Goulburn

Delving further into Australia’s Heritage History.

 

Goulburn Brewery

Goulburn Brewery

Bungendore had been such a pleasant surprise and we had spent longer there than intended. But now we were on a mission to visit the heritage homes and brewery that only opened on weekends in Goulburn.

Well we were disappointed as the first home on the list, Riversdale, was closed. But not to be deterred we moved on to find the brewery.

I felt I had just walked into an old brewery in Europe, but no this is in Goulburn, country town Australia. It is only open Friday, Saturday and Sunday, and we had made a special trip to visit it. It was fascinating.

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Along the red brick path lined with spring bulbs.

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Through the gate in the white picket fence.

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Taking photos all the way.

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Round the corner into a most delightful courtyard.

Rosemary in front of the window and creepers covering the walls.

A gallery and museum is on the top floor.

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What a very interesting person Francis Howard Greenway (read his biography here, it is a fascinating story)   Born at Mangotsfield, near Bristol, England in 1777,  he became an architect. In March 1812 he was found guilty of forging a document. He was sentenced to death but the penalty was later changed to transportation for fourteen years. He arrived in Sydney in February 1814.

Greenway’s face was shown on the first Australian decimal-currency $10 note (1966–93), making him probably the only convicted forger in the world to be honoured on a banknote. 

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Be careful Jack, watch your step. These are well-worn flag stones.

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Funny place to store a ladder.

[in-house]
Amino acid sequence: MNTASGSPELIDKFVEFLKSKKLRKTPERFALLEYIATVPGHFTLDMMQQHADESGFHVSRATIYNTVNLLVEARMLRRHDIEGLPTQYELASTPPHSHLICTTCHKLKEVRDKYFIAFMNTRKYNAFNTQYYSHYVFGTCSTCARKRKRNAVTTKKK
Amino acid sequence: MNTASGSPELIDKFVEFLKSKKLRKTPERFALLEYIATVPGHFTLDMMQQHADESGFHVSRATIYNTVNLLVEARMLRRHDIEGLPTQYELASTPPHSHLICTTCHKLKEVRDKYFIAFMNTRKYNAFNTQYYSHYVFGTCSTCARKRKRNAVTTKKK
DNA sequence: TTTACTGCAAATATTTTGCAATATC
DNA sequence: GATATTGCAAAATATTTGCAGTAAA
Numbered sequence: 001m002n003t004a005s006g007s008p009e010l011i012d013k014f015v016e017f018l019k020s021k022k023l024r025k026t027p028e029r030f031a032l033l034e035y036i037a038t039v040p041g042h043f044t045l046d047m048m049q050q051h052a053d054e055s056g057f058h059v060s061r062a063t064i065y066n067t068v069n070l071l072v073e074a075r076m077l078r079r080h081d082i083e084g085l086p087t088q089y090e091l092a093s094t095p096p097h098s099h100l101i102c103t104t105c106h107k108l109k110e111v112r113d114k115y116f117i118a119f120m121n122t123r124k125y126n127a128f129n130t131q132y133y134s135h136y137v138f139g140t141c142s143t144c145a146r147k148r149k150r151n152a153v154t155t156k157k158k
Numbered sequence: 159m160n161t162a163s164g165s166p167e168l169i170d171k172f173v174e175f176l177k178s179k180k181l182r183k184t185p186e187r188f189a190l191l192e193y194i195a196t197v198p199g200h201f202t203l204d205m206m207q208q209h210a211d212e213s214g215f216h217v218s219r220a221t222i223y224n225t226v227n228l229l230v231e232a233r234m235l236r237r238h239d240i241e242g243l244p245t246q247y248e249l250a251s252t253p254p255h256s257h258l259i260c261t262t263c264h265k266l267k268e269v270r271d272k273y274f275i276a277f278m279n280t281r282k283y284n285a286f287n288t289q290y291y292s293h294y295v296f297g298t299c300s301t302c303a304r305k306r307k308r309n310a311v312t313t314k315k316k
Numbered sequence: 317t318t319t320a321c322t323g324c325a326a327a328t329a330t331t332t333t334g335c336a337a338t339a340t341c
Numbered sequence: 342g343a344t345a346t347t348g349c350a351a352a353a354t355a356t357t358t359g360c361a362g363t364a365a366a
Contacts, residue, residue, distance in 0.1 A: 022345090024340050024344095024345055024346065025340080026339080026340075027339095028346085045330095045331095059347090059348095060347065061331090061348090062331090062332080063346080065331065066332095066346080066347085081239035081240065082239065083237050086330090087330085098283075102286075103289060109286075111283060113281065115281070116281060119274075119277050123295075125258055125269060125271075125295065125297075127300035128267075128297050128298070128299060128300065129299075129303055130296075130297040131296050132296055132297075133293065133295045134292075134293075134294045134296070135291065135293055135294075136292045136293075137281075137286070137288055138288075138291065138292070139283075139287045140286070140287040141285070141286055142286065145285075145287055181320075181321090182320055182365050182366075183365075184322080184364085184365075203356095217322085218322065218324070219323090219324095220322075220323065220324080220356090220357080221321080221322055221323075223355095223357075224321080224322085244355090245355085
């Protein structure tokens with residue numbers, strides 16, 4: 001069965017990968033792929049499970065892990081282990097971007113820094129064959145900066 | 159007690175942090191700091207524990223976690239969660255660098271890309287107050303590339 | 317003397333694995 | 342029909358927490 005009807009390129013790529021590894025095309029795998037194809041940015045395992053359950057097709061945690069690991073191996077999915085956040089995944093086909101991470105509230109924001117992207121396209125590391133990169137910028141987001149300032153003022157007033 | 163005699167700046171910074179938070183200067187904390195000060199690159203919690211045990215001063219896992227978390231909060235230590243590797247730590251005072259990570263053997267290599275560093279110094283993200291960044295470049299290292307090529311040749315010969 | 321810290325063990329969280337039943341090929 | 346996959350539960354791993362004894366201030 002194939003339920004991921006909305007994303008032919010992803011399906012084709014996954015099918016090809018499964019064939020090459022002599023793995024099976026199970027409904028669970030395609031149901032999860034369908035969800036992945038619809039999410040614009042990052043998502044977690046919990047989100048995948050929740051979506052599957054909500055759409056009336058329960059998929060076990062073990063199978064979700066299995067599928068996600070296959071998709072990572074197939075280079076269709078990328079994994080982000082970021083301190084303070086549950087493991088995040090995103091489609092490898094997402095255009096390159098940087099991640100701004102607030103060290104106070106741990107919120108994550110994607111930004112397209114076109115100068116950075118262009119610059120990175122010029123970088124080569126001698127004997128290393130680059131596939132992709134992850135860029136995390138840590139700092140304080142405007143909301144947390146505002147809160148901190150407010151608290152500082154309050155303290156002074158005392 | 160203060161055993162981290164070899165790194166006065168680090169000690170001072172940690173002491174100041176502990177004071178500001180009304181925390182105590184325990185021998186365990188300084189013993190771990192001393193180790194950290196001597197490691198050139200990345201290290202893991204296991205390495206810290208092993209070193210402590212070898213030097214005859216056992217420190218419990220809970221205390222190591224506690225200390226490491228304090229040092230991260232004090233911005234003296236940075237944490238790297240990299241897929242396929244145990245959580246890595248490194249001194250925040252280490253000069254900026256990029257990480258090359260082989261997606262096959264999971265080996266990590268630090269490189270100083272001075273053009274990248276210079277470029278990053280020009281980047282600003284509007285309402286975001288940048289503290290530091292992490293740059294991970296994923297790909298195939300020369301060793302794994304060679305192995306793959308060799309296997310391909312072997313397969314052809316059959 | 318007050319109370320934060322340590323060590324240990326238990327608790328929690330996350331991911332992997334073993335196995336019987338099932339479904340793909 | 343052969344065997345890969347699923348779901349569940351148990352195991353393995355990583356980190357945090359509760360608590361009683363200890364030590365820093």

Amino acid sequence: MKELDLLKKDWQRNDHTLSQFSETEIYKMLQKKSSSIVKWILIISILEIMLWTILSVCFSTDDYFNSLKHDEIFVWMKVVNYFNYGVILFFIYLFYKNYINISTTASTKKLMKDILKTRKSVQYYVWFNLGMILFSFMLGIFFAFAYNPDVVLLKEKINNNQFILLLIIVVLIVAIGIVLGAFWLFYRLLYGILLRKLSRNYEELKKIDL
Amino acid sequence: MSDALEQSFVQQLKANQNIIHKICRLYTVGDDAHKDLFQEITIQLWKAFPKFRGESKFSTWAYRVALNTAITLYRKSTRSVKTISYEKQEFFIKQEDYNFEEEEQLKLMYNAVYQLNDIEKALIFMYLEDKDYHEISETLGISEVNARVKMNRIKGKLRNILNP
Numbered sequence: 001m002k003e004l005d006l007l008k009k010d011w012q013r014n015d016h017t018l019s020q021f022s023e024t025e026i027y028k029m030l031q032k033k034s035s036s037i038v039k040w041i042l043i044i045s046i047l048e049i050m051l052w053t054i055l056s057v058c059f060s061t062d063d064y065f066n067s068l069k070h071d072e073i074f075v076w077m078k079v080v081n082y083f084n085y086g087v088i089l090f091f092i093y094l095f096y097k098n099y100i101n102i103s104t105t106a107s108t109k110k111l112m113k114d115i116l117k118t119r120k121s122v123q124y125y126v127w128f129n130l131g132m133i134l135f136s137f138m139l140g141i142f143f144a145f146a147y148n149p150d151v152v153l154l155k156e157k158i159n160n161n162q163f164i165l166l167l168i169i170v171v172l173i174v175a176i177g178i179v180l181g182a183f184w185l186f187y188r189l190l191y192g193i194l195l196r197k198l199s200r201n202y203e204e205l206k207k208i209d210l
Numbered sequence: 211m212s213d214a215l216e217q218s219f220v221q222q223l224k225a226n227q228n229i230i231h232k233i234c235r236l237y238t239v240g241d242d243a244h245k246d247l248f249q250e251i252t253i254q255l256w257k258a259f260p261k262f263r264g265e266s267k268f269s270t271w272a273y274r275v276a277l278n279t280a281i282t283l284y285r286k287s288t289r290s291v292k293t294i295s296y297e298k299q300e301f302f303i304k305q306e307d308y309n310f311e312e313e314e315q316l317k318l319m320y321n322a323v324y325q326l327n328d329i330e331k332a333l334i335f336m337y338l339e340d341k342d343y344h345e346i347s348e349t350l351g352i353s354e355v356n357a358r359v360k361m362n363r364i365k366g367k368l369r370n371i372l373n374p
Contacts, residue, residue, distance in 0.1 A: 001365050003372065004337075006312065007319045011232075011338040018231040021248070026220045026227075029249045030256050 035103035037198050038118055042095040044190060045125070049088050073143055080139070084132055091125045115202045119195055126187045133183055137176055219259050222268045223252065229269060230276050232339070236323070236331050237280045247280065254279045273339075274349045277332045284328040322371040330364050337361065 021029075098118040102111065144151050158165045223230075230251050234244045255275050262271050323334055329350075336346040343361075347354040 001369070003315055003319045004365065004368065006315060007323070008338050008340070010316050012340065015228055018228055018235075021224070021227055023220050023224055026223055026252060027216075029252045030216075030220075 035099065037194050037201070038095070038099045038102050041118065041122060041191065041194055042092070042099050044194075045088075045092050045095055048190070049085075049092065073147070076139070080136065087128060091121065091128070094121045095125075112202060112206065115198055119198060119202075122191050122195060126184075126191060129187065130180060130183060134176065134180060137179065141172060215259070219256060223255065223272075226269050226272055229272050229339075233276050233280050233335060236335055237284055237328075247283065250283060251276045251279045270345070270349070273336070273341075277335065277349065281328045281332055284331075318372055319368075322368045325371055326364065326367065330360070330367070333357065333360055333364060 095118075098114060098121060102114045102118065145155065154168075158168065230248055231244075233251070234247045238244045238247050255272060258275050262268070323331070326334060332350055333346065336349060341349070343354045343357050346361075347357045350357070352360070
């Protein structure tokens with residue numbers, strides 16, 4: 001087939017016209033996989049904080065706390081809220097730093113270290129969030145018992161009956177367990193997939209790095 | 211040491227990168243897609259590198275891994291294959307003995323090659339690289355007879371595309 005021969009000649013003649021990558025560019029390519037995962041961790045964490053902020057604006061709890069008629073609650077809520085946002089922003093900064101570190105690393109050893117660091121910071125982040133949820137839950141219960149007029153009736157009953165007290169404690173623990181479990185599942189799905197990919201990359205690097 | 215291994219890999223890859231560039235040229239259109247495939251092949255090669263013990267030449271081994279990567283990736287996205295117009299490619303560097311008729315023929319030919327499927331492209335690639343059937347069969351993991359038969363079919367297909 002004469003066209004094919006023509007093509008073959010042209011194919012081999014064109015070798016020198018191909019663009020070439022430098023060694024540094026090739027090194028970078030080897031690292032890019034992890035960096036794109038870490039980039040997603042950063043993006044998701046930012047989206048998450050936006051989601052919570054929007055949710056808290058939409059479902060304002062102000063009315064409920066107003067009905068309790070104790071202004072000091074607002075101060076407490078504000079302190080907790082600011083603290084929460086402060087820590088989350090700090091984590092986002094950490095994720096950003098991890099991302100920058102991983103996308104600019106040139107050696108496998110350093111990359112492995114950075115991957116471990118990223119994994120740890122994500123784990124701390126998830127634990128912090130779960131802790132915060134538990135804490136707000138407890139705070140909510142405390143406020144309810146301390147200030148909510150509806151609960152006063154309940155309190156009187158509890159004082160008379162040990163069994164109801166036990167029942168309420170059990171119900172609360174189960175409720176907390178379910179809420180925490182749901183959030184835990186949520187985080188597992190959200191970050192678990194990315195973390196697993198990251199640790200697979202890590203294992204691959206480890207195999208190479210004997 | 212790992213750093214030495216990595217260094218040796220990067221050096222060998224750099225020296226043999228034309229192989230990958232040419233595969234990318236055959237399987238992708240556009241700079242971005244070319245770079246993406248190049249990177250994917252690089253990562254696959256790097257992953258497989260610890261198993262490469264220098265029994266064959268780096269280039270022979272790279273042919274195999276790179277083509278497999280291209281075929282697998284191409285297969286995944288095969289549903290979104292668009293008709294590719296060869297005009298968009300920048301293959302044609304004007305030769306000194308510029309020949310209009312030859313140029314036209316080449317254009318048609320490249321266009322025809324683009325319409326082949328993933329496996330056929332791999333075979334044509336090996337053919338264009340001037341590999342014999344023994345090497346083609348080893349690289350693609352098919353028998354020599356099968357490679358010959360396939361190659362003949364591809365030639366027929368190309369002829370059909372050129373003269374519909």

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We will use conventional stairs to see what is upstairs.

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First room we peer in is very dark, can’t find any light switch. We wander around and discover it is an old bar area. We later learn they run special events up here, but that must be in the summer as it was freezing cold today.

We move on to the next room.

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A large dining area. More light in here from the windows, but still very cold. We move on and up some more stairs, and find a gallery/museum of old brewery machinery and an odd assortment of “stuff” that Francis Greenway had accumulated. He had a passion for mathematics.

There was a lot of interesting reading, a lot of it beyond my comprehension, I never excelled at maths, but by now the cold was seeping into our bones. It is lunch time and hopefully it will be warmer down stairs.

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This is better, no log fire but the heaters are on and pumpkin soup is on the menu. Perfect.

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Another couple are ordering lunch. No one else had been up stairs.

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This is Australia’s oldest brewery and it brews Real Ales in the time-honoured traditional way with no preservatives. We bought a couple of bottles to take home and yes it is very refreshing..